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Viewpoints: Stable Employment is a Key Lean Element

  

By Phillip S. Waldrop, PhD
Professor of Manufacturing and MER Steering Committee member
Big Canoe, GA
E-mail: pwaldrop@georgiasouthern.edu 

A fundamental requirement for recovery and growth of manufacturing is a sufficient pool of capable people who are prepared to staff the enterprise in all areas and at all levels, especially those closest to the production shop floor. Numerous organizations – professional, educational, governmental, and media - have been emphasizing their concern with the lack of qualified people to fill an estimated 100,000 currently available manufacturing jobs at a time when over 10 million are unemployed. While the overall unemployment level will hopefully improve, the shortage of qualified industrial professional and technical personnel is projected to worsen. 

Product innovation is an important goal in regard to near-term industrial base recovery, but perhaps meaningless if we cannot get the factories set up and affordable, quality products out the door. Attracting capable people to the range of excellent, rewarding careers in the field of manufacturing demands that they are not only made aware of the jobs, education and training, but motivated to pursue them.  An improved image of manufacturing is recognized as important, but that image must involve more than insight to clean, high tech modern operations.  After years of negative news of offshoring, downsizing, and shutdowns, job security is a big issue in the minds of anyone with the potential to become a future manufacturing engineer, maintenance technician, supervisor, process specialist or production cell team member. 

To be world class competitors, manufacturers must be focused on continuous improvement of both quality and efficiency. To SME members that means “Lean”.  There are four general aspects of Lean World Class Manufacturing, including Just-In –Time (JIT) production, Total Quality Control (TQC), Total Productive Maintenance (TPM), and - central to the issue here – Total Employee Involvement (TEI).  

The four operating principles of TEI include (1) Policies for a stable workforce, (2) Developing motivation, trust, and team spirit, (3) Empowering people, and (4) Team culture. Maslow’s Hierarchy of Needs puts food/clothing/shelter as the fundamental human priority, with security next in line, so the importance of job security is obvious. While we in SME tend to focus attention on technologies and processes, the human aspects can’t be ignored, and the issue of whether the job will be there tomorrow is probably a bigger individual concern than the nature of the job and the working conditions. 

Given the shortage of skilled front line workers and leaders, it is critical to the employer to not only hire qualified people, but to then protect their recruitment, selection, and training investment by keeping them on board into the future.  So workforce stability, or job security, is an employer/employee win-win situation. It is not a perfect world, and we are talking about industrial management here, not socialism in government, but the concept of lifetime employment can be effective as a strategy as well as a philosophical business culture goal.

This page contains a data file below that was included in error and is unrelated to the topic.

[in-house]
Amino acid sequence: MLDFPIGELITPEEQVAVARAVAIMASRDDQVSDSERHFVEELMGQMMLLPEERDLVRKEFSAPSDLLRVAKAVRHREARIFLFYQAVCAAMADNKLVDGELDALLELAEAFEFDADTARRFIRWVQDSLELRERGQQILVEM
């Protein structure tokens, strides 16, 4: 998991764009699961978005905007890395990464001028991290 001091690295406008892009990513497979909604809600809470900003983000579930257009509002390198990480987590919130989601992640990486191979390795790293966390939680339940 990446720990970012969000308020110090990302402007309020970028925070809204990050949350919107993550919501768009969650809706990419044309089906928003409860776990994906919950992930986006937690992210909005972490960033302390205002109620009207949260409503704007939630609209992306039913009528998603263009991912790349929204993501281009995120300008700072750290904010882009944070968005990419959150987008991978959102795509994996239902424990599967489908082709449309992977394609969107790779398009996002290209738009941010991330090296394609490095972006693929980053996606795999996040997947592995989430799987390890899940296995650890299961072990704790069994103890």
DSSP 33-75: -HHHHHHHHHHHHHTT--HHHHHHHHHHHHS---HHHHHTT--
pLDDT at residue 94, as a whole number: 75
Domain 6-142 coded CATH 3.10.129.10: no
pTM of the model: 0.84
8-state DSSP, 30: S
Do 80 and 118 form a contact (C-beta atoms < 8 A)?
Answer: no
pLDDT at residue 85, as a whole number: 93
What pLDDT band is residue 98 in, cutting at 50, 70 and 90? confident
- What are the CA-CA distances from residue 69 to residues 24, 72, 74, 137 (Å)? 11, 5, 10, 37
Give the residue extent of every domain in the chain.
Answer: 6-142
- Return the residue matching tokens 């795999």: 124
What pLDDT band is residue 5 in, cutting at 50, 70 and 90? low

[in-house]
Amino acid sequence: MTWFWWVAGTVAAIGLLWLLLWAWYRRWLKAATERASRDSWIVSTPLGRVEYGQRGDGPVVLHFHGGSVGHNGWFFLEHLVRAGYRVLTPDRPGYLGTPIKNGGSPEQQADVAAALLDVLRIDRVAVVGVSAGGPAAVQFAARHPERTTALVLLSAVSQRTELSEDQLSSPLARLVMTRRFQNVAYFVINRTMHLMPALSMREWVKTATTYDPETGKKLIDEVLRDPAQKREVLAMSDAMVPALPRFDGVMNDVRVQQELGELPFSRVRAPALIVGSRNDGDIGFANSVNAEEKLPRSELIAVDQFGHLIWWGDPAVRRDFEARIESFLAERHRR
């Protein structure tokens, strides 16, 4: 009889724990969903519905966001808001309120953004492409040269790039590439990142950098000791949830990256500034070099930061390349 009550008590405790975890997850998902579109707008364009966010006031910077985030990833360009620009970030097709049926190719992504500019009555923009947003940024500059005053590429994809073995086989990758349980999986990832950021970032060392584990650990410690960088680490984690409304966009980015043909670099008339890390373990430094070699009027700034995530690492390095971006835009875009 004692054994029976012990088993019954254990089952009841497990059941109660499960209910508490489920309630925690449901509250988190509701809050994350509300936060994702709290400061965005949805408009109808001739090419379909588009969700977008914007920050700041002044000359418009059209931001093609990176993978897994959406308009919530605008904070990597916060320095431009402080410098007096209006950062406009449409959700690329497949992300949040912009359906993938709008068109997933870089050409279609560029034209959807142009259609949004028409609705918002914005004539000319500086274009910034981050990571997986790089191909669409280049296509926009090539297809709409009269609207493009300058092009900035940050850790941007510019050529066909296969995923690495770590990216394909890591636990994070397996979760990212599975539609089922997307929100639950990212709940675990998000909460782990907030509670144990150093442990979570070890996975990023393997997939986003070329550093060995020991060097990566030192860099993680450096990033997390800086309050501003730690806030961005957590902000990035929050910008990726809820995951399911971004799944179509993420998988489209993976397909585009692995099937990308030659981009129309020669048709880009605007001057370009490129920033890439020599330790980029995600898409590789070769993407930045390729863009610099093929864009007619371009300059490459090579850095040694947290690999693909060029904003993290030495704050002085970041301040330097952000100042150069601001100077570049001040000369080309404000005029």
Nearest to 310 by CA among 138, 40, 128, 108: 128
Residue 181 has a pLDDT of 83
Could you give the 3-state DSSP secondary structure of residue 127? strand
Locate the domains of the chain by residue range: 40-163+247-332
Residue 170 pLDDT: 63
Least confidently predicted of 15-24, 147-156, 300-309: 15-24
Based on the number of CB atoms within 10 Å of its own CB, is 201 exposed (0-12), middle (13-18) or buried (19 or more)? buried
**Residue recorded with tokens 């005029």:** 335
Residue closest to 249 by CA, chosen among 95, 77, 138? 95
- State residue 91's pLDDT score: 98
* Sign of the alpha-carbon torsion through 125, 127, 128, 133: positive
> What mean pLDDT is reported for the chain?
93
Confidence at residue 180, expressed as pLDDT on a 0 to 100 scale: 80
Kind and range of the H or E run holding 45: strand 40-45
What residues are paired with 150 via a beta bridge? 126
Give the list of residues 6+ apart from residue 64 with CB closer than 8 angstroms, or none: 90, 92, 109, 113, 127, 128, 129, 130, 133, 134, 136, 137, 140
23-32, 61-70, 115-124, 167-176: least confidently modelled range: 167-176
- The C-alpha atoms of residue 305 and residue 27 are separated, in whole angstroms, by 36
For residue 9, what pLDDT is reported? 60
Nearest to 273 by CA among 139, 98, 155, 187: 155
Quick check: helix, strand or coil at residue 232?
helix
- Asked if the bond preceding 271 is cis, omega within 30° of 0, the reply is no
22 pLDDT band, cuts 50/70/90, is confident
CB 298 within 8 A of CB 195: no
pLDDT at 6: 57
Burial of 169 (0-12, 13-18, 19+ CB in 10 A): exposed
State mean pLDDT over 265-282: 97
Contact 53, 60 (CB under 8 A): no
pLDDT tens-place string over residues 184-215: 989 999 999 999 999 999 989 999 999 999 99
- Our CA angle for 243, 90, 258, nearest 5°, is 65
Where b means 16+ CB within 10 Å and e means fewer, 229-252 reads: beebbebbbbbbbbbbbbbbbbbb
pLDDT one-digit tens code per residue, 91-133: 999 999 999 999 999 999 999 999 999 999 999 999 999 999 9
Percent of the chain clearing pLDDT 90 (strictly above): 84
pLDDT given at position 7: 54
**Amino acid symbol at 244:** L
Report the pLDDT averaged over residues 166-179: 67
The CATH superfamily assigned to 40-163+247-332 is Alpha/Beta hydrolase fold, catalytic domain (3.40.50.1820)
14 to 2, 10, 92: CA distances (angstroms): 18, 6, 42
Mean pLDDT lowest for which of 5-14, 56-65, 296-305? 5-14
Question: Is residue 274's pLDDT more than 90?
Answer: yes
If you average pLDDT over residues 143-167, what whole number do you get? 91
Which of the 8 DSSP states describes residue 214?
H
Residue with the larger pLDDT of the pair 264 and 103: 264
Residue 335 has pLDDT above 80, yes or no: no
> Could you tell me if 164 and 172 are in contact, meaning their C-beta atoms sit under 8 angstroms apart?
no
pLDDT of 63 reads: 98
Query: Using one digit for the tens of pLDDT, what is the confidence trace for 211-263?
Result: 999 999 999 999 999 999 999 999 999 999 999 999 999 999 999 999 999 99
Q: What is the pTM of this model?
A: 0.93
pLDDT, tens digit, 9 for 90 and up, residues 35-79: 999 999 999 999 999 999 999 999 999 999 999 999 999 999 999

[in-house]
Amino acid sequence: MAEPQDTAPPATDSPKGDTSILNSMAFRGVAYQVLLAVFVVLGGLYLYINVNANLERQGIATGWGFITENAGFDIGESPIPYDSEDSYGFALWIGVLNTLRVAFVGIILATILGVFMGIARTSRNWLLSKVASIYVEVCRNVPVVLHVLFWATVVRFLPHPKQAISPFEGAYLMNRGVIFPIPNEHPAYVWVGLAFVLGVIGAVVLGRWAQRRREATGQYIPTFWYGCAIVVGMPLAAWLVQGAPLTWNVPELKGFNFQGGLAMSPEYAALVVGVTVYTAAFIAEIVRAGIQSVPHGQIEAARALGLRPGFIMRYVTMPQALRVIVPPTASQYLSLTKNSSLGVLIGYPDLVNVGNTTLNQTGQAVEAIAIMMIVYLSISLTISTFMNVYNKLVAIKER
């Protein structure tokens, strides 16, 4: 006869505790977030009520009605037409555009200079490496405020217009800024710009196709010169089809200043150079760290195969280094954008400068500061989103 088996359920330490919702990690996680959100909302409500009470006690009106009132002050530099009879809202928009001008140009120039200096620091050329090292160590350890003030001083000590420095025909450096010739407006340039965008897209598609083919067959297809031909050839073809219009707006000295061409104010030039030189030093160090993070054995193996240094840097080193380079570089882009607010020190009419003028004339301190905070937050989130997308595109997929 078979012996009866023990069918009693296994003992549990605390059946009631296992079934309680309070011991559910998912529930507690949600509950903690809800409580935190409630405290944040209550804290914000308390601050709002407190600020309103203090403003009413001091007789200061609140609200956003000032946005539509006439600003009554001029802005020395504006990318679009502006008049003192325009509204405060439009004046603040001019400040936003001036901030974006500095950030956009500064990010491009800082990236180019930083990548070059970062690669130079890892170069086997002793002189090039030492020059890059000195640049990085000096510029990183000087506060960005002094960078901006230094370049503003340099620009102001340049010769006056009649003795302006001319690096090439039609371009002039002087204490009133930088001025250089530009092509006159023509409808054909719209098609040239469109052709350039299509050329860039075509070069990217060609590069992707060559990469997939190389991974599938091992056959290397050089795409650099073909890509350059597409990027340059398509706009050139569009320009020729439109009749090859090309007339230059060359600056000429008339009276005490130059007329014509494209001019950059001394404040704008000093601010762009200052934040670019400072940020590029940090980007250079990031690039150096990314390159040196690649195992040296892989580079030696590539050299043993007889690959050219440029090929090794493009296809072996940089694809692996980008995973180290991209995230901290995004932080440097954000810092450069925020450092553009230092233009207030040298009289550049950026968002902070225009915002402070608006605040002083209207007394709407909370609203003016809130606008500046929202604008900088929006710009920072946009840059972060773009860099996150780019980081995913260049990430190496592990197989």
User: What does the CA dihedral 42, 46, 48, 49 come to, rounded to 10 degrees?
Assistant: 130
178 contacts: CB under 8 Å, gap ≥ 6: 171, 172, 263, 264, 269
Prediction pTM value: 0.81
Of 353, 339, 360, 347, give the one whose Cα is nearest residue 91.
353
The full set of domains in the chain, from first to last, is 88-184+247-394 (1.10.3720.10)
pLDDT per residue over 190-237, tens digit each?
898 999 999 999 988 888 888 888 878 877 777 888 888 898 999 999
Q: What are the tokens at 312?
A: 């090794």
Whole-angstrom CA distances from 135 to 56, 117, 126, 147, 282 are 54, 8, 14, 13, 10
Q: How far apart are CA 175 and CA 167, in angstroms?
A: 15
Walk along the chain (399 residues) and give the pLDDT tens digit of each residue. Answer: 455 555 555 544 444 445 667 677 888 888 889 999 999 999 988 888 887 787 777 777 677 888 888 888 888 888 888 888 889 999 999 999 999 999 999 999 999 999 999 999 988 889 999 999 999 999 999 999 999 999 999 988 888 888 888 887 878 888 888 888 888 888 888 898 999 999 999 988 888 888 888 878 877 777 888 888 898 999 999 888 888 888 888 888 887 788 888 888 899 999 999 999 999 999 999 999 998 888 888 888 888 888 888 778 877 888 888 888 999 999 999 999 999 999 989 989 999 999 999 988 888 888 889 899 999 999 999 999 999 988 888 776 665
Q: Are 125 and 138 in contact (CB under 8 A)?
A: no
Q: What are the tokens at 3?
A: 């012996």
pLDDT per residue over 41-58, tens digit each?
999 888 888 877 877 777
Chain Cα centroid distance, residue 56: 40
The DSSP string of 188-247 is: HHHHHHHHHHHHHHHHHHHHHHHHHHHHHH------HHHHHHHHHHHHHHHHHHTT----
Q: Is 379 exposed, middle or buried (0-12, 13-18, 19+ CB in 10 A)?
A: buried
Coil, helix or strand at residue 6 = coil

Major competitive concerns today are innovation and continuous improvement. Employees who feel secure are freer to become innovative, and if turnover is high then company training effort must be shifted away from continuous improvement in order to initiate new hires.  “Lifetime employment” implies that employees will be around for a long time, and so hiring must be more selective.  So if we are lucky enough to hire and develop an innovative, productive team-oriented workforce, how can we prevent their loss when we face business downturns? 

There are several basic elements that can form an orchestrated plan for layoff avoidance and thus job security and loyalty. 

  • Get as many diverse ideas on the table as possible, with encouragement of employee contributions as an application of their empowerment and problem solving capabilities. 
  • Create new markets for your products.  Increased sales can of course produce efficiencies and competitive cost- and price-cutting. 
  • Train for and redeploy people into other areas. A few of the best production employees could, for example, be temporarily transferred into engineering where they could focus on producibility reviews and analysis as innovative continuous improvement.  Remember that the best employees tend to be those who are also most capable of adapting to new situations. Further, available time can be used to catch up on and enhance training as an investment. 
  • Loan employees to other corporate divisions or even other non-competing companies. 
  • Use under-staffing as SOP in good times, with temporary hires to provide manpower during peaks, and retaining fulltime employees in off-peak times. 
  • Utilize attrition, retirements, and the option of early retirements. 
  • Seek profit and salary/wage concessions across the board, but starting with top management. Remember that the line people are the product and service value adders. 

Given the current and projected shortfall of good talent for line employees, it makes sense that providing an environment that is stable and secure not only helps retain valuable skill assets, it can also be a means of attracting the best in the face of recruitment/hiring competition. 

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Phil Waldrop has been a member of SME since 1976, with industry experience ranging from machine operator to director of advance process development. He is a co-author of the textbooks Lean World Class Manufacturing and The Lean World Class manufacturing Enterprise. 

 


Published Date : 11/19/2012

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